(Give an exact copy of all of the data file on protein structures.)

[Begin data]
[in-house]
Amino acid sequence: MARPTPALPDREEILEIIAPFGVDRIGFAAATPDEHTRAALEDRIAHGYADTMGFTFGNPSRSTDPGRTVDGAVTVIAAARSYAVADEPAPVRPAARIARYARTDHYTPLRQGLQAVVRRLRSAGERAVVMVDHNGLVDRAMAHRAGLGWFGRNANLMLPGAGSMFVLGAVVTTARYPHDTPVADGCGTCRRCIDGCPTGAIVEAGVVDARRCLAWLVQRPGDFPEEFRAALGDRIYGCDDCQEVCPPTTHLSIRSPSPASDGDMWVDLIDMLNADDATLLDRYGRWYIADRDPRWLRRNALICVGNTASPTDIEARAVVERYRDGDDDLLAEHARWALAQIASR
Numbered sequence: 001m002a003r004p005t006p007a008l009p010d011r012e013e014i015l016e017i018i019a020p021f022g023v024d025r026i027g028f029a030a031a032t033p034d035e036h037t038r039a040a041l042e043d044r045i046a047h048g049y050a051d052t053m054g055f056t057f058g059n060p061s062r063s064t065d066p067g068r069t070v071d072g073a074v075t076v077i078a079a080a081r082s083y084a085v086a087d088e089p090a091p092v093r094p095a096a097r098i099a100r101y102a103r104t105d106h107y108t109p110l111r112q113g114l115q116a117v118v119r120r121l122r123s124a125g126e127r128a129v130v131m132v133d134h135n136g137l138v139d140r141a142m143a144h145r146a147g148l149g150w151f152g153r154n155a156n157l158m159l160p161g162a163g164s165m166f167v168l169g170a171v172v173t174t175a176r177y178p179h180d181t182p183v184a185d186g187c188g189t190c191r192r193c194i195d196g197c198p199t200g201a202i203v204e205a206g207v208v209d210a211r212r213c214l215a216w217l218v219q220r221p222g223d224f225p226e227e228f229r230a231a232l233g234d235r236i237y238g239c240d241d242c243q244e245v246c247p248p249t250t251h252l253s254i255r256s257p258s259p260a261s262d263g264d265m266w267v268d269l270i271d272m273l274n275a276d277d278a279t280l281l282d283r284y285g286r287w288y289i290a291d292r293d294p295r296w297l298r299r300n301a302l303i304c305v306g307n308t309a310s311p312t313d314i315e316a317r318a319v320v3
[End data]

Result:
[in-house]
Amino acid sequence: MARPTPALPDREEILEIIAPFGVDRIGFAAATPDEHTRAALEDRIAHGYADTMGFTFGNPSRSTDPGRTVDGAVTVIAAARSYAVADEPAPVRPAARIARYARTDHYTPLRQGLQAVVRRLRSAGERAVVMVDHNGLVDRAMAHRAGLGWFGRNANLMLPGAGSMFVLGAVVTTARYPHDTPVADGCGTCRRCIDGCPTGAIVEAGVVDARRCLAWLVQRPGDFPEEFRAALGDRIYGCDDCQEVCPPTTHLSIRSPSPASDGDMWVDLIDMLNADDATLLDRYGRWYIADRDPRWLRRNALICVGNTASPTDIEARAVVERYRDGDDDLLAEHARWALAQIASR
Numbered sequence: 001m002a003r004p005t006p007a008l009p010d011r012e013e014i015l016e017i018i019a020p021f022g023v024d025r026i027g028f029a030a031a032t033p034d035e036h037t038r039a040a041l042e043d044r045i046a047h048g049y050a051d052t053m054g055f056t057f058g059n060p061s062r063s064t065d066p067g068r069t070v071d072g073a074v075t076v077i078a079a080a081r082s083y084a085v086a087d088e089p090a091p092v093r094p095a096a097r098i099a100r101y102a103r104t105d106h107y108t109p110l111r112q113g114l115q116a117v118v119r120r121l122r123s124a125g126e127r128a129v130v131m132v133d134h135n136g137l138v139d140r141a142m143a144h145r146a147g148l149g150w151f152g153r154n155a156n157l158m159l160p161g162a163g164s165m166f167v168l169g170a171v172v173t174t175a176r177y178p179h180d181t182p183v184a185d186g187c188g189t190c191r192r193c194i195d196g197c198p199t200g201a202i203v204e205a206g207v208v209d210a211r212r213c214l215a216w217l218v219q220r221p222g223d224f225p226e227e228f229r230a231a232l233g234d235r236i237y238g239c240d241d242c243q244e245v246c247p248p249t250t251h252l253s254i255r256s257p258s259p260a261s262d263g264d265m266w267v268d269l270i271d272m273l274n275a276d277d278a279t280l281l282d283r284y285g286r287w288y289i290a291d292r293d294p295r296w297l298r299r300n301a302l303i304c305v306g307n308t309a310s311p312t313d314i315e316a317r318a319v320v3